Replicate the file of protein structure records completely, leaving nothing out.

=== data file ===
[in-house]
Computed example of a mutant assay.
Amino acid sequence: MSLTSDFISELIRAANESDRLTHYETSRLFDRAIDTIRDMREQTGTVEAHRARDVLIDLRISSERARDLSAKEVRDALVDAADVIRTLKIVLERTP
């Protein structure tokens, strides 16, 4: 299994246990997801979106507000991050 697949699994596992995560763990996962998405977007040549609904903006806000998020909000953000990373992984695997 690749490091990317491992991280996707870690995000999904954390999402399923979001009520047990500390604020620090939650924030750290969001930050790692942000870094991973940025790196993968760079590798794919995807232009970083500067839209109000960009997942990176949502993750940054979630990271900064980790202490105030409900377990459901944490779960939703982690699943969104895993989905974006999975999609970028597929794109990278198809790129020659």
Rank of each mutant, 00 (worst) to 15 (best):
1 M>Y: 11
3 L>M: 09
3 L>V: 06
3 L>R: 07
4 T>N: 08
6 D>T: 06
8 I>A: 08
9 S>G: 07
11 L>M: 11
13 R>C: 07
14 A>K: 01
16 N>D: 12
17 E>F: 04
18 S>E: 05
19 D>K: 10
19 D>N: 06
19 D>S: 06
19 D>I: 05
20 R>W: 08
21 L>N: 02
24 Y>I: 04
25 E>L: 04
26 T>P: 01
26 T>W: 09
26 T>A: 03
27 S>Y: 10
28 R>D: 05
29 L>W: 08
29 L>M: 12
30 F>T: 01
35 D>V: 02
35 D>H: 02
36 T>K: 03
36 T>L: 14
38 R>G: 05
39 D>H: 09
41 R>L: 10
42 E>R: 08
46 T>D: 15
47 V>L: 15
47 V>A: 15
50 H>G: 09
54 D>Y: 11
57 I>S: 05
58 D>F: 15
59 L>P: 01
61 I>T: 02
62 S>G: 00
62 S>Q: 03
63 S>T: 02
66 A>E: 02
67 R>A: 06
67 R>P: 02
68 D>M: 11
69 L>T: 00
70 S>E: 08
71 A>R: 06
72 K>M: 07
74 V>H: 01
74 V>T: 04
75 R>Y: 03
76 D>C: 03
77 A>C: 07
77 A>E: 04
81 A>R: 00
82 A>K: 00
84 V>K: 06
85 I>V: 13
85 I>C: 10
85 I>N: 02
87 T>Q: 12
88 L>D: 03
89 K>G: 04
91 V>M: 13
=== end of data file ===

[in-house]
Computed example of a mutant assay.
Amino acid sequence: MSLTSDFISELIRAANESDRLTHYETSRLFDRAIDTIRDMREQTGTVEAHRARDVLIDLRISSERARDLSAKEVRDALVDAADVIRTLKIVLERTP
């Protein structure tokens, strides 16, 4: 299994246990997801979106507000991050 697949699994596992995560763990996962998405977007040549609904903006806000998020909000953000990373992984695997 690749490091990317491992991280996707870690995000999904954390999402399923979001009520047990500390604020620090939650924030750290969001930050790692942000870094991973940025790196993968760079590798794919995807232009970083500067839209109000960009997942990176949502993750940054979630990271900064980790202490105030409900377990459901944490779960939703982690699943969104895993989905974006999975999609970028597929794109990278198809790129020659």
Rank of each mutant, 00 (worst) to 15 (best):
1 M>Y: 11
3 L>M: 09
3 L>V: 06
3 L>R: 07
4 T>N: 08
6 D>T: 06
8 I>A: 08
9 S>G: 07
11 L>M: 11
13 R>C: 07
14 A>K: 01
16 N>D: 12
17 E>F: 04
18 S>E: 05
19 D>K: 10
19 D>N: 06
19 D>S: 06
19 D>I: 05
20 R>W: 08
21 L>N: 02
24 Y>I: 04
25 E>L: 04
26 T>P: 01
26 T>W: 09
26 T>A: 03
27 S>Y: 10
28 R>D: 05
29 L>W: 08
29 L>M: 12
30 F>T: 01
35 D>V: 02
35 D>H: 02
36 T>K: 03
36 T>L: 14
38 R>G: 05
39 D>H: 09
41 R>L: 10
42 E>R: 08
46 T>D: 15
47 V>L: 15
47 V>A: 15
50 H>G: 09
54 D>Y: 11
57 I>S: 05
58 D>F: 15
59 L>P: 01
61 I>T: 02
62 S>G: 00
62 S>Q: 03
63 S>T: 02
66 A>E: 02
67 R>A: 06
67 R>P: 02
68 D>M: 11
69 L>T: 00
70 S>E: 08
71 A>R: 06
72 K>M: 07
74 V>H: 01
74 V>T: 04
75 R>Y: 03
76 D>C: 03
77 A>C: 07
77 A>E: 04
81 A>R: 00
82 A>K: 00
84 V>K: 06
85 I>V: 13
85 I>C: 10
85 I>N: 02
87 T>Q: 12
88 L>D: 03
89 K>G: 04
91 V>M: 13